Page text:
Dark Souls | Retro Gamer Games News

free: 2011

Style: adventure

Publisher: Namco Bandai

Developer: from software


Been trucking in software for years before Demon’s Souls. A workhorse studio, it pumped out average-to-average games across all genres, from the mecha armored core series to the first-person, rock-hard RPG King’s Field games. This was the series that inspired Demon’s Souls, a PlayStation 3 exclusive that was released in 2009 to little fanfare—in fact, Sony decided against publishing the game outside of Japan, leaving it up to third parties. Gave. This was a misguided decision in retrospect, as Demon Souls was a success with critics and gamers, mixing the hardcore trappings of King’s Field with a new style of action-RPG gameplay led by director Hidetaka Miyazaki.

Work on the sequel soon began, although none was directly related to the story and world of the first game. Miyazaki returned as director and producer, refining the original gameplay and ideas for Demon’s Souls and introducing them to a new audience on Xbox 360. Many UK PlayStation 3 owners also missed Demon Souls because the European release took more than several months. Americans, therefore, were their first steps in this strange new challenge for many Dark Souls.

That’s what everyone remembers about Souls games, the first thing that comes up in conversation: the difficulty. Most readers of this magazine would agree that today’s games are too easy, holding your hand every step of the way and rarely testing the skills you’ve built up over decades of sitting in front of a screen and pressing a button. Dark Souls says to hell with it, and aside from the incredibly sparse few lines of tutorial text telling you what the buttons do, you’re on your own. Dark Souls laughs at the concept of objective markers, and outside of some extremely obscure and hidden hints from NPCs, you’ll have to find and forge your way in this world. Add in the fact that there’s no map, and you’ll have to scour, learn, and remember every corner of Lordran like the good old days when we made the original Metroid’s pen-and-paper maps.

Lordran is a gloomy, empty land populated only by mindless undead and terrifying monsters who all want to kill you. Dark Souls is defined by its simple yet surprisingly responsive combat, where each button press corresponds to a swing of your weapon and carefully watching your enemy and attacking when able is the only surefire way to success. Fire is the way. Swinging wildly will kill you quickly, even against the most basic of enemies. Every battle in Dark Souls is a threat, and you need to be attentive and focused at all times.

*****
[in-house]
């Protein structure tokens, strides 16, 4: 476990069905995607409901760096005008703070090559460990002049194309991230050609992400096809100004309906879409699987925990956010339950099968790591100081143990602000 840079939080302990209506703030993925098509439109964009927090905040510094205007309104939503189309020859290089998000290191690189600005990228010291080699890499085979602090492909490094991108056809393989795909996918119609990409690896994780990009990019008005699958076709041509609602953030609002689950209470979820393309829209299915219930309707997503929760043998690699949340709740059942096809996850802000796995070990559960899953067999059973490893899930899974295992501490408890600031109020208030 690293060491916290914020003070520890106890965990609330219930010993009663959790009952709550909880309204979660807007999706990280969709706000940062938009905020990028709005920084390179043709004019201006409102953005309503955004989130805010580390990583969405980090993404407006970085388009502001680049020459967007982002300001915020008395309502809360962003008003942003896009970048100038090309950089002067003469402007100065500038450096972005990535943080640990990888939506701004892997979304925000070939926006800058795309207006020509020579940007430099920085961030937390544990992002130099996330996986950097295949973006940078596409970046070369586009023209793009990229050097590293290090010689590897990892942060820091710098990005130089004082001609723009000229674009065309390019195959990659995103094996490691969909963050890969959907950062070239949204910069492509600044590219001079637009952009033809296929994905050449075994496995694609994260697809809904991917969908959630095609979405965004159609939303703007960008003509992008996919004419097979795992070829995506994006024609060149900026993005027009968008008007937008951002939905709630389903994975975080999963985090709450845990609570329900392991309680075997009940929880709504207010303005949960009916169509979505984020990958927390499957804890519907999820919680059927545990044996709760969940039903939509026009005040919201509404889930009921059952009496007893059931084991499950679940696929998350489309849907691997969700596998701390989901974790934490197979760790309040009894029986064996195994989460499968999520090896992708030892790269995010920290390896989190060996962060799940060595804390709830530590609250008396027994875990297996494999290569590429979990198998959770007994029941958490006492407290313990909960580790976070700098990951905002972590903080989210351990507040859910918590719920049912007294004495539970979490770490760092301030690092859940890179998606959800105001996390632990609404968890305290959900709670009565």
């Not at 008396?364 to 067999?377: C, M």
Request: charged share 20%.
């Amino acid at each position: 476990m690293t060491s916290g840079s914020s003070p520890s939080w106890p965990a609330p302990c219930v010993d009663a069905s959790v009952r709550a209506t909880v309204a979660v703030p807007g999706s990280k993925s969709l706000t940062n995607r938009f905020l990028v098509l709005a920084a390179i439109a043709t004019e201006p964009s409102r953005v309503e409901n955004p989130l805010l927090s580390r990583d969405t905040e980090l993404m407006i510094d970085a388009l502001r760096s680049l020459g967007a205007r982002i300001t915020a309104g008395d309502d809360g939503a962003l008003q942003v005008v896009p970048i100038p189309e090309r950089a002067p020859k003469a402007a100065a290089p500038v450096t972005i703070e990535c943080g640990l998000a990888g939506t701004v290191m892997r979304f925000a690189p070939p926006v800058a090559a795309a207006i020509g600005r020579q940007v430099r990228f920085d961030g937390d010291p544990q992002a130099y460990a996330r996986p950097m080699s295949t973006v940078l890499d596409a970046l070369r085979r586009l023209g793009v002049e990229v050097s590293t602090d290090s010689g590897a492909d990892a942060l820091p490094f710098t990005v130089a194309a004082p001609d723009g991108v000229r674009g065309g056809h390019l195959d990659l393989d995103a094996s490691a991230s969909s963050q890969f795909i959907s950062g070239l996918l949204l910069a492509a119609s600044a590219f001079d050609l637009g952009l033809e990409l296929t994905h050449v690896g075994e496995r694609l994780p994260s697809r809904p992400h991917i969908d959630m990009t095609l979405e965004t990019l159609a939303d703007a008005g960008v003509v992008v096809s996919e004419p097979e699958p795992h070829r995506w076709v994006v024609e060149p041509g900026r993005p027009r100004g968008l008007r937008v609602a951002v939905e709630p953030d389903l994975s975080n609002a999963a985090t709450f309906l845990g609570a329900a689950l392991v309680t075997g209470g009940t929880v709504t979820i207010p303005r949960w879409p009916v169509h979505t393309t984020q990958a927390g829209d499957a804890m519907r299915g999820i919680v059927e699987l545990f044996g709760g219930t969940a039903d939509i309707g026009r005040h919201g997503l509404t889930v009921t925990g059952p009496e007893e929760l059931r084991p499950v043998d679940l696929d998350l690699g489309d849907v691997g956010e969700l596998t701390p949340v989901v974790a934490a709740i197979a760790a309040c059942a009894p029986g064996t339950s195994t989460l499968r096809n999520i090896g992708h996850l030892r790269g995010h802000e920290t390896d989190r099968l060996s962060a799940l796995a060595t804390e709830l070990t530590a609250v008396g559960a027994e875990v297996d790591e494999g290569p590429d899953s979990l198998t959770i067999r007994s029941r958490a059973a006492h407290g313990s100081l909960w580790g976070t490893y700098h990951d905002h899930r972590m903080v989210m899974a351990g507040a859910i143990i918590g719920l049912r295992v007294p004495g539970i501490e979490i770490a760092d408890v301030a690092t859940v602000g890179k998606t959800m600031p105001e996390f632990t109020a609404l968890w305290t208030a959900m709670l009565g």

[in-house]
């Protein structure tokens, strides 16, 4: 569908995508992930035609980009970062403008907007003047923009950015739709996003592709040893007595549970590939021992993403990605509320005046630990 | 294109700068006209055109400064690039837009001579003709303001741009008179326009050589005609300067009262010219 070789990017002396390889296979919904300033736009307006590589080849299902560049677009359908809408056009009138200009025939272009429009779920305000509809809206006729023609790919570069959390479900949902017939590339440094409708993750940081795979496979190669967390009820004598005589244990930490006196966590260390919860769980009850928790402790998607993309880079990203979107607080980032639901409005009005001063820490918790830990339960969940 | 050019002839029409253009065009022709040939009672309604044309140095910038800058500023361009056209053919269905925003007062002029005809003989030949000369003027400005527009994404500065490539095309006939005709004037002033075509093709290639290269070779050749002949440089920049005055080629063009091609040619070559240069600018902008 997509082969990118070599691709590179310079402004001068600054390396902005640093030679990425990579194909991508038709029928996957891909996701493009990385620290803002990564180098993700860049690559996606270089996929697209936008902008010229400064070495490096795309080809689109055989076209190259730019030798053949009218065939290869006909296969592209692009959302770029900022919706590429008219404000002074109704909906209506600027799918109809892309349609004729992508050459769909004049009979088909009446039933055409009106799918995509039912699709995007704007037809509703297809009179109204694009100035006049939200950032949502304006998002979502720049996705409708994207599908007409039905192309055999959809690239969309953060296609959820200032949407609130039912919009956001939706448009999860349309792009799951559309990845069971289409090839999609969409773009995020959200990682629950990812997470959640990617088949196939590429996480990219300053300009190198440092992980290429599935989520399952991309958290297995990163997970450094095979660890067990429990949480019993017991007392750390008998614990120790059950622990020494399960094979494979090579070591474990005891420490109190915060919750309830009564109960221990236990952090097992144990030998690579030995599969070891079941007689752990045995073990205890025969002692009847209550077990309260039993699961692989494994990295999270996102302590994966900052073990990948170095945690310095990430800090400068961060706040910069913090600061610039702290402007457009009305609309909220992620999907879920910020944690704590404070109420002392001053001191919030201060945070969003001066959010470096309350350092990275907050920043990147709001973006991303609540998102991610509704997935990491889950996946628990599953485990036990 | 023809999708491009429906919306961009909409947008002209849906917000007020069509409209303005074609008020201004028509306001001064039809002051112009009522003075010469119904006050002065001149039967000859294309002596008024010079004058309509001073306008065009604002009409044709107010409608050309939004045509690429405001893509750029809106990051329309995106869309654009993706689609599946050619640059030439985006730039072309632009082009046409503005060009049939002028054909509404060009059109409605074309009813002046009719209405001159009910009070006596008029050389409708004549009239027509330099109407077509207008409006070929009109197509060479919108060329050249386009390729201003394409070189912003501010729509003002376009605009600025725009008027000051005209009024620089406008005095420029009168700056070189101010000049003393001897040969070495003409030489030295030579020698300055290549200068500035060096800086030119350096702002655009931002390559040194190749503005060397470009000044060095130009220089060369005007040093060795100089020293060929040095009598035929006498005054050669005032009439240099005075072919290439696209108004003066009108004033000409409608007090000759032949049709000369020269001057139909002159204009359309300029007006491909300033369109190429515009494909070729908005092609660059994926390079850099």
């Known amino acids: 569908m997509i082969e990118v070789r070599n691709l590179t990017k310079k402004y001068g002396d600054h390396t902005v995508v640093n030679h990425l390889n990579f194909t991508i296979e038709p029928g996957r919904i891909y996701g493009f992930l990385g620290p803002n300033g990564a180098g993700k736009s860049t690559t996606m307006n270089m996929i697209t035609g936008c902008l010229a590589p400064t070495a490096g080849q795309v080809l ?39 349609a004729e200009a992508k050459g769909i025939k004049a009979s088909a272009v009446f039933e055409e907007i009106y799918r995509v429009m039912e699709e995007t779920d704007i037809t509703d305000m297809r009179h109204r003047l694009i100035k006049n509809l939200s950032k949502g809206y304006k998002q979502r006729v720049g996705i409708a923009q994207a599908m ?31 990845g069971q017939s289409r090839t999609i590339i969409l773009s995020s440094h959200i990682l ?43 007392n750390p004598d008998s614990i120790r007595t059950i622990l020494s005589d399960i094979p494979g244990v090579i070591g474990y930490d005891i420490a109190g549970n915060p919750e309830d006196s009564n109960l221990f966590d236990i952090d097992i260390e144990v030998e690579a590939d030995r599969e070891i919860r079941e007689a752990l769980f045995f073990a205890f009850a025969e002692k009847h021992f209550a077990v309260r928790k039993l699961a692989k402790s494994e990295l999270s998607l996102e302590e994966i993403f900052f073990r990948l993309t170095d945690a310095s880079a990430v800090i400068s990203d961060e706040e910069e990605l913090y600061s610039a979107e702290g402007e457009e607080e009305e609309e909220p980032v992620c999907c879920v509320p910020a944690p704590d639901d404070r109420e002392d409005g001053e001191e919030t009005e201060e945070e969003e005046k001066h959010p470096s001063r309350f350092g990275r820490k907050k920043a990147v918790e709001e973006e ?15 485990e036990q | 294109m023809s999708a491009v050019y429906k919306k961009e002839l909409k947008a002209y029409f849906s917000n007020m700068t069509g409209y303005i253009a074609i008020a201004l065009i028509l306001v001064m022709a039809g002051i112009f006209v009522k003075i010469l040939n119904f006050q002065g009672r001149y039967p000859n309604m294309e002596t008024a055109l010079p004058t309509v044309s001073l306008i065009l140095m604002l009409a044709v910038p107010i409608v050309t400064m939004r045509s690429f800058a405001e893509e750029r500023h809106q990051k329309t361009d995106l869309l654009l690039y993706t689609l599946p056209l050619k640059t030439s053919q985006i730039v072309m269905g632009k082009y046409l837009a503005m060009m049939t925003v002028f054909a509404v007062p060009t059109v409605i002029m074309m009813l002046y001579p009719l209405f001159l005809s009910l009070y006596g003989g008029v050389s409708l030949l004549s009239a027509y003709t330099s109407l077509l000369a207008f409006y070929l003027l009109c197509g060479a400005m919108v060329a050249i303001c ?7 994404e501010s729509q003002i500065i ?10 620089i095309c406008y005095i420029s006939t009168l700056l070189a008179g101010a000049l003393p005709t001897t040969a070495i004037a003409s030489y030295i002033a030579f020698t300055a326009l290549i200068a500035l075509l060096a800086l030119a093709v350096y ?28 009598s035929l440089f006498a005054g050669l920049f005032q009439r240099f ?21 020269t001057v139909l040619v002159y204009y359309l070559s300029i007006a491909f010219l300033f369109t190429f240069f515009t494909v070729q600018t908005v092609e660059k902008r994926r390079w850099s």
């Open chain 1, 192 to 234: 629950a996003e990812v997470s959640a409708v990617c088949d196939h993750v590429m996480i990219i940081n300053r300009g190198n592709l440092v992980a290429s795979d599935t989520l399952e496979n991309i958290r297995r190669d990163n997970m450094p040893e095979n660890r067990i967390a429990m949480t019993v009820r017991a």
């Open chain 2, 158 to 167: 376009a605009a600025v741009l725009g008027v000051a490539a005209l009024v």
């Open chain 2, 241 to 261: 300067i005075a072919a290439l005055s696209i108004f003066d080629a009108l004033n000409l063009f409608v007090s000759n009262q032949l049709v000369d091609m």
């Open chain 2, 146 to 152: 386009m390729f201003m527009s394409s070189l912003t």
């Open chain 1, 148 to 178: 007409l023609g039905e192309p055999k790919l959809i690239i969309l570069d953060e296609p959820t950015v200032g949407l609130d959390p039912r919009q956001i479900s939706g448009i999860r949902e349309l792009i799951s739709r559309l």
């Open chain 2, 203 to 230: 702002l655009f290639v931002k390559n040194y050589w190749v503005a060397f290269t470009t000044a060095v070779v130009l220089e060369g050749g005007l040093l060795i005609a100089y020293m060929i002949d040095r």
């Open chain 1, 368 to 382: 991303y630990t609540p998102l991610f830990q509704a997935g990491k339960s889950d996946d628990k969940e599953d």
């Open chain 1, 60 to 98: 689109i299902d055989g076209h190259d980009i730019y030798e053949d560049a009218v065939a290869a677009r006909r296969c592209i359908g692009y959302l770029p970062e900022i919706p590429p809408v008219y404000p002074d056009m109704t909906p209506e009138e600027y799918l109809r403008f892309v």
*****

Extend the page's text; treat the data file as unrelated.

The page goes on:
Of course, death is inevitable, and the game’s attitude towards it is one of the elements of its genius. Die and you’ll be sent back to the last bonfire you rested on, a sort of checkpoint system. Resting on fire refills your health and Estus flask (health potion, essentially), but also relieves every single enemy in the world, in addition to defeated bosses. You can’t clear out an area and be done with it – every time you rest, the bad guys come back. Die and answer, and your collected souls will be left in the place where you perished. Souls act as currency and experience, spend on items and level up, and loosing a huge batch is never fun. You have a chance to return to your corpse and get your soul back, but before doing so die again and they are gone forever. It’s a great mix of risk and reward that always leads to extremely stressful moments.

But a lot of games are hard, and a lot of games are good to play. Dark Souls is exceptional because of its artistic elements: the atmosphere, the lore and story hidden in the world, the beauty of the landscapes housing a dead society. Few games have ever evoked a sense of isolation and loneliness quite like Dark Souls (again, inviting comparisons to Metroid). The story of the world you venture into is largely obscure, but hinted at by various means, whether it’s item descriptions or the rave of a deranged merchant. This simplistic approach to storytelling adds to the game’s mysterious nature, and dedicated fans have managed to decipher the vast amount of lore and backstory from the subtle hints given – just like the rest of the gameplay, if you want to know what’s going on. Used to be. , you have to work for it.

dark souls 6Why It’s A Future Classic
This is the real reason why Dark Souls will survive, will certainly be remembered for decades to come. While most games seem like entertainment, Dark Souls feels like a piece of art, completely conceptualized by Miyazaki and his team, as a great game and a means of expressing emotion. Designed to act, that brings a player down before isolation and failure. Build on them as they learn, grow and get better. Some won’t have the patience for a game like Dark Souls, and that’s okay — it’s not for everyone. But for those with the patience and perseverance who see the game as a challenge to explore, master, and conquer, Dark Souls is a true modern classic in every sense of the word.

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